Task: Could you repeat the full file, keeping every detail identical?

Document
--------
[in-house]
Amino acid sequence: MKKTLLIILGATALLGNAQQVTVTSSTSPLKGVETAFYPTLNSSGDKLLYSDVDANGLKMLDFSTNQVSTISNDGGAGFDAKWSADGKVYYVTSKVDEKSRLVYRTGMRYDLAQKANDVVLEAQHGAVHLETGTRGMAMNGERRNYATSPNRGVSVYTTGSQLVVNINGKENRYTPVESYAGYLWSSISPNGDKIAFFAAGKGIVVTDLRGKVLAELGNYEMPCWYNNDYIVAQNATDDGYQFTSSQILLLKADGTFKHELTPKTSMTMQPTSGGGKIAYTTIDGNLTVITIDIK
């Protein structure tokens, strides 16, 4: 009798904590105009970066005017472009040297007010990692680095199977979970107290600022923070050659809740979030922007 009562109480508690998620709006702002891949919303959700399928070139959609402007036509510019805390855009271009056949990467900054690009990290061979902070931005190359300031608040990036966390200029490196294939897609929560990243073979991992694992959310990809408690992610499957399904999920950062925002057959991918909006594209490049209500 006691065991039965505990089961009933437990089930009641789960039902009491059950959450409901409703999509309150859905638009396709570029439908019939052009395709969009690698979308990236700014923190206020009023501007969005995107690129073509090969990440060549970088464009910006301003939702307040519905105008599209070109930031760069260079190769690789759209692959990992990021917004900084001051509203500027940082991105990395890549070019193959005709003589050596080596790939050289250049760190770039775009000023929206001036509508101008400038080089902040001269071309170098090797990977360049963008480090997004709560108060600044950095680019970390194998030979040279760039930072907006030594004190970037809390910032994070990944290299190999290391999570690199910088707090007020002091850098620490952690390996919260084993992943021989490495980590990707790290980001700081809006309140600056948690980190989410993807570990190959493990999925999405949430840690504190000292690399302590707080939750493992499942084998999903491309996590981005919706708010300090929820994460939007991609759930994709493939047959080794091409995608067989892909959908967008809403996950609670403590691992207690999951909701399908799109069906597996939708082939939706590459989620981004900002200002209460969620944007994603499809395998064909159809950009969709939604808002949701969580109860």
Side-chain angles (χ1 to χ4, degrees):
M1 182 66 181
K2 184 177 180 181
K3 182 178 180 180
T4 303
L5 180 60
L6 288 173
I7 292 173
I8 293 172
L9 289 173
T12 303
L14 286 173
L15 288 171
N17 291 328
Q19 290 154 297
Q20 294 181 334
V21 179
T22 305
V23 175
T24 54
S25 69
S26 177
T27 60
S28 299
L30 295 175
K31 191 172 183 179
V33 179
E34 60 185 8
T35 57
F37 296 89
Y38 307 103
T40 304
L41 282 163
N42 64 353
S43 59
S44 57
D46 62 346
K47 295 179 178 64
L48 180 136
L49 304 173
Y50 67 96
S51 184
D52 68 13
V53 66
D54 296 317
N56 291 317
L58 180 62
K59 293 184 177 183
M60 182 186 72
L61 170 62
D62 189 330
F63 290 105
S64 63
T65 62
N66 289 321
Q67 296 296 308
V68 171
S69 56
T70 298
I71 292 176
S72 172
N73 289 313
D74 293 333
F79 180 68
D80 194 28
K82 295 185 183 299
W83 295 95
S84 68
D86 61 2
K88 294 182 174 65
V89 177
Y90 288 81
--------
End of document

[in-house]
Amino acid sequence: MKKTLLIILGATALLGNAQQVTVTSSTSPLKGVETAFYPTLNSSGDKLLYSDVDANGLKMLDFSTNQVSTISNDGGAGFDAKWSADGKVYYVTSKVDEKSRLVYRTGMRYDLAQKANDVVLEAQHGAVHLETGTRGMAMNGERRNYATSPNRGVSVYTTGSQLVVNINGKENRYTPVESYAGYLWSSISPNGDKIAFFAAGKGIVVTDLRGKVLAELGNYEMPCWYNNDYIVAQNATDDGYQFTSSQILLLKADGTFKHELTPKTSMTMQPTSGGGKIAYTTIDGNLTVITIDIK
């Protein structure tokens, strides 16, 4: 009798904590105009970066005017472009040297007010990692680095199977979970107290600022923070050659809740979030922007 009562109480508690998620709006702002891949919303959700399928070139959609402007036509510019805390855009271009056949990467900054690009990290061979902070931005190359300031608040990036966390200029490196294939897609929560990243073979991992694992959310990809408690992610499957399904999920950062925002057959991918909006594209490049209500 006691065991039965505990089961009933437990089930009641789960039902009491059950959450409901409703999509309150859905638009396709570029439908019939052009395709969009690698979308990236700014923190206020009023501007969005995107690129073509090969990440060549970088464009910006301003939702307040519905105008599209070109930031760069260079190769690789759209692959990992990021917004900084001051509203500027940082991105990395890549070019193959005709003589050596080596790939050289250049760190770039775009000023929206001036509508101008400038080089902040001269071309170098090797990977360049963008480090997004709560108060600044950095680019970390194998030979040279760039930072907006030594004190970037809390910032994070990944290299190999290391999570690199910088707090007020002091850098620490952690390996919260084993992943021989490495980590990707790290980001700081809006309140600056948690980190989410993807570990190959493990999925999405949430840690504190000292690399302590707080939750493992499942084998999903491309996590981005919706708010300090929820994460939007991609759930994709493939047959080794091409995608067989892909959908967008809403996950609670403590691992207690999951909701399908799109069906597996939708082939939706590459989620981004900002200002209460969620944007994603499809395998064909159809950009969709939604808002949701969580109860």
Side-chain angles (χ1 to χ4, degrees):
M1 182 66 181
K2 184 177 180 181
K3 182 178 180 180
T4 303
L5 180 60
L6 288 173
I7 292 173
I8 293 172
L9 289 173
T12 303
L14 286 173
L15 288 171
N17 291 328
Q19 290 154 297
Q20 294 181 334
V21 179
T22 305
V23 175
T24 54
S25 69
S26 177
T27 60
S28 299
L30 295 175
K31 191 172 183 179
V33 179
E34 60 185 8
T35 57
F37 296 89
Y38 307 103
T40 304
L41 282 163
N42 64 353
S43 59
S44 57
D46 62 346
K47 295 179 178 64
L48 180 136
L49 304 173
Y50 67 96
S51 184
D52 68 13
V53 66
D54 296 317
N56 291 317
L58 180 62
K59 293 184 177 183
M60 182 186 72
L61 170 62
D62 189 330
F63 290 105
S64 63
T65 62
N66 289 321
Q67 296 296 308
V68 171
S69 56
T70 298
I71 292 176
S72 172
N73 289 313
D74 293 333
F79 180 68
D80 194 28
K82 295 185 183 299
W83 295 95
S84 68
D86 61 2
K88 294 182 174 65
V89 177
Y90 288 81